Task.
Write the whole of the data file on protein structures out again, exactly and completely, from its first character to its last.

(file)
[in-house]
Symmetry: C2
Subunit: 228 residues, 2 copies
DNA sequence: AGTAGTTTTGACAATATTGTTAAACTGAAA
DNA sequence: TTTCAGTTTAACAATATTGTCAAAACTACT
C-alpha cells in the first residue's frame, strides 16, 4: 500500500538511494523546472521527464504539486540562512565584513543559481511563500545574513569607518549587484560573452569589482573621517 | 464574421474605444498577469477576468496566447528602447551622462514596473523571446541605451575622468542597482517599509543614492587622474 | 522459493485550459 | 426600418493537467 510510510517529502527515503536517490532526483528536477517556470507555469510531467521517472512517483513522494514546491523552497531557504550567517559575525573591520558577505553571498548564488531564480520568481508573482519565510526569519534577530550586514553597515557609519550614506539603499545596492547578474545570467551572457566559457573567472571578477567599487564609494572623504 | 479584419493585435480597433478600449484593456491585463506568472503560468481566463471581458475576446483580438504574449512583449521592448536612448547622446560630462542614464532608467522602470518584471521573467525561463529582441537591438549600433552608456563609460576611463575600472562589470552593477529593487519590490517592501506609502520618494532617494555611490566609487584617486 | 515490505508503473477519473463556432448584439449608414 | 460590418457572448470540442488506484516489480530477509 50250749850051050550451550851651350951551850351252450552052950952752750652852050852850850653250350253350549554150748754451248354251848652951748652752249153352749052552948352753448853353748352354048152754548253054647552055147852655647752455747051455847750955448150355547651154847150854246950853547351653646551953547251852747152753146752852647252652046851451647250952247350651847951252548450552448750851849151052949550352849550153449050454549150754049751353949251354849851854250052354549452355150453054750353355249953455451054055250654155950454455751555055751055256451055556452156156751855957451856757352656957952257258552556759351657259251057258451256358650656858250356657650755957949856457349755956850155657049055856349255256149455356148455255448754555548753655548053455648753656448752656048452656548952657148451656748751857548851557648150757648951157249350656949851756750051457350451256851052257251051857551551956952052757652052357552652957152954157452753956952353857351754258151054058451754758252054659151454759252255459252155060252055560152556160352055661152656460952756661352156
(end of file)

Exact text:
[in-house]
Symmetry: C2
Subunit: 228 residues, 2 copies
DNA sequence: AGTAGTTTTGACAATATTGTTAAACTGAAA
DNA sequence: TTTCAGTTTAACAATATTGTCAAAACTACT
C-alpha cells in the first residue's frame, strides 16, 4: 500500500538511494523546472521527464504539486540562512565584513543559481511563500545574513569607518549587484560573452569589482573621517 | 464574421474605444498577469477576468496566447528602447551622462514596473523571446541605451575622468542597482517599509543614492587622474 | 522459493485550459 | 426600418493537467 510510510517529502527515503536517490532526483528536477517556470507555469510531467521517472512517483513522494514546491523552497531557504550567517559575525573591520558577505553571498548564488531564480520568481508573482519565510526569519534577530550586514553597515557609519550614506539603499545596492547578474545570467551572457566559457573567472571578477567599487564609494572623504 | 479584419493585435480597433478600449484593456491585463506568472503560468481566463471581458475576446483580438504574449512583449521592448536612448547622446560630462542614464532608467522602470518584471521573467525561463529582441537591438549600433552608456563609460576611463575600472562589470552593477529593487519590490517592501506609502520618494532617494555611490566609487584617486 | 515490505508503473477519473463556432448584439449608414 | 460590418457572448470540442488506484516489480530477509 50250749850051050550451550851651350951551850351252450552052950952752750652852050852850850653250350253350549554150748754451248354251848652951748652752249153352749052552948352753448853353748352354048152754548253054647552055147852655647752455747051455847750955448150355547651154847150854246950853547351653646551953547251852747152753146752852647252652046851451647250952247350651847951252548450552448750851849151052949550352849550153449050454549150754049751353949251354849851854250052354549452355150453054750353355249953455451054055250654155950454455751555055751055256451055556452156156751855957451856757352656957952257258552556759351657259251057258451256358650656858250356657650755957949856457349755956850155657049055856349255256149455356148455255448754555548753655548053455648753656448752656048452656548952657148451656748751857548851557648150757648951157249350656949851756750051457350451256851052257251051857551551956952052757652052357552652957152954157452753956952353857351754258151054058451754758252054659151454759252255459252155060252055560152556160352055661152656460952756661352156